Kids who are physically active stand a greater chance of remaining mentally sharp for decades, new research suggests. The finding adds to the weight of evidence in favour of kids being physically active, such as the associated bone and muscle development benefits and reduced risk of diabetes and heart attack. The study by researchers in Australia followed 1,200 people for 30 years. It uncovered a link between childhood fitness and mental performance in middle age. Commencing in 1985, the study assessed the heart and lung fitness, power, and endurance, and measured for waist-to-hip ratio of children between the ages of 7 and 15 at the time. More than 30 years later, those with the highest fitness scores and lower waist-to-hip ratios as kids tended to score better in tests of their thinking skills. Interestingly, while physical exercise was associated with higher scores in things like processing speed and attention, it had no impact on memory. Michele Callisaya, PhD, a study co-author and associate professor from the National Centre for Healthy Ageing at Peninsula Health and Monash University in Melbourne, Australia, said: “This might be because the cognitive functions of processing speed and attention start to decline in midlife. Memory generally starts to decline later.” The results of the study are published in the Journal of Science and Medicine in Sport. *Image by Tri Le from Pixabay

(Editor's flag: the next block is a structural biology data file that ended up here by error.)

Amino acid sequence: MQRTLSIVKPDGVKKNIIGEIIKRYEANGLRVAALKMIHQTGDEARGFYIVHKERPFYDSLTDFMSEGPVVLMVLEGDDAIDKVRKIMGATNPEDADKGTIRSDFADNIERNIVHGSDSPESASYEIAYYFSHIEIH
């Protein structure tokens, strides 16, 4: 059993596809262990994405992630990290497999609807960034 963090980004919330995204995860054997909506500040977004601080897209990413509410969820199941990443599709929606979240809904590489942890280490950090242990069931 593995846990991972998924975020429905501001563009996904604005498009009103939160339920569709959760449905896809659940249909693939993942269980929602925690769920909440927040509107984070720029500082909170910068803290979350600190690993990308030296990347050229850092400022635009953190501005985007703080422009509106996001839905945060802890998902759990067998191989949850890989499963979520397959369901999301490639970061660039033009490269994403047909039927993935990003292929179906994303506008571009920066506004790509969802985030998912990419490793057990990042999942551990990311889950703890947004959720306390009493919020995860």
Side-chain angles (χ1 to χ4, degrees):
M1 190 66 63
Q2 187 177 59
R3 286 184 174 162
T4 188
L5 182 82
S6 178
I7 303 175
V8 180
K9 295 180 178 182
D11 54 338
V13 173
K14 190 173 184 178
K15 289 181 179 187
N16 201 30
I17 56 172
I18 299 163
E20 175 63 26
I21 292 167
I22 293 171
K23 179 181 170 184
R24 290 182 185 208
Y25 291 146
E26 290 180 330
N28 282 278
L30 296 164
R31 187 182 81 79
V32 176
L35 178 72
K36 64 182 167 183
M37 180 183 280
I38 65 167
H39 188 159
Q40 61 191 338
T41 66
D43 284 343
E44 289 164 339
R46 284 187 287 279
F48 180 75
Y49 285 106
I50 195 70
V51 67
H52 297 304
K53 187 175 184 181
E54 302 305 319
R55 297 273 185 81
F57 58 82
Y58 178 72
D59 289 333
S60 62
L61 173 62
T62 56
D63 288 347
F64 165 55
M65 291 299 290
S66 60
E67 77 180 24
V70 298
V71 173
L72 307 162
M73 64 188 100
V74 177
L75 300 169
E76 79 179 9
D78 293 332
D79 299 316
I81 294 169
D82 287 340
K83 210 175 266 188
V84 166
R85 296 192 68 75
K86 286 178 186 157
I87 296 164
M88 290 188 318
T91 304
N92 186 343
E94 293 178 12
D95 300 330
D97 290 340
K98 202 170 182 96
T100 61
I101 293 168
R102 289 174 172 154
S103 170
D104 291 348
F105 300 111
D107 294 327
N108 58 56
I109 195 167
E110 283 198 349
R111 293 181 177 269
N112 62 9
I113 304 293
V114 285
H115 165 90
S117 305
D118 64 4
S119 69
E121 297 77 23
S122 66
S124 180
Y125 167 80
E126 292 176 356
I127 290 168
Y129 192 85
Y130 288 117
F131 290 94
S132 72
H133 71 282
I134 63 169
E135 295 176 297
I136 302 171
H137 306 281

People who suffer with stress and anxiety could realise heart health benefits through regular exercise, new research has found. According to the study by res earchers at Massachusetts General Hospital in Boston, regular physical activity among individuals with depression or anxiety had nearly double the cardiovascular benefit than in people without such diagnoses. The study found that, people who accomplished the recommended amount of physical activity per week – 150 minutes, according to he American College of Cardiology and American Heart Association – were 17 per cent less likely to suffer a major adverse cardiovascular event than those who exercised less. However, of those who achieved the recommended amount of physical activity per week, individuals with anxiety or depression had a 22 per cent risk reduction versus a 10 per cent among those without either condition. The analysis included more than 50,000 patients in the Massachusetts General Brigham Biobank database. Just over 4,000 of the patients analyzed had suffered a major cardiovascular event, like a heart attack, chest pain caused by a blocked artery, or underwent a procedure to open a blocked artery in the heart. Commenting on the study's findings, Michael Emery, MD, who is the co-director of the Sports Cardiology Center at Cleveland Clinic in Ohio, and was not involved in the study, said: “Exercise is medicine both physically and psychologically, and these factors interplay such that when you are more physically healthy your psychological state is more robust, and when you are mentally more healthy your physical state is improved.” *Image by StockSnap from Pixabay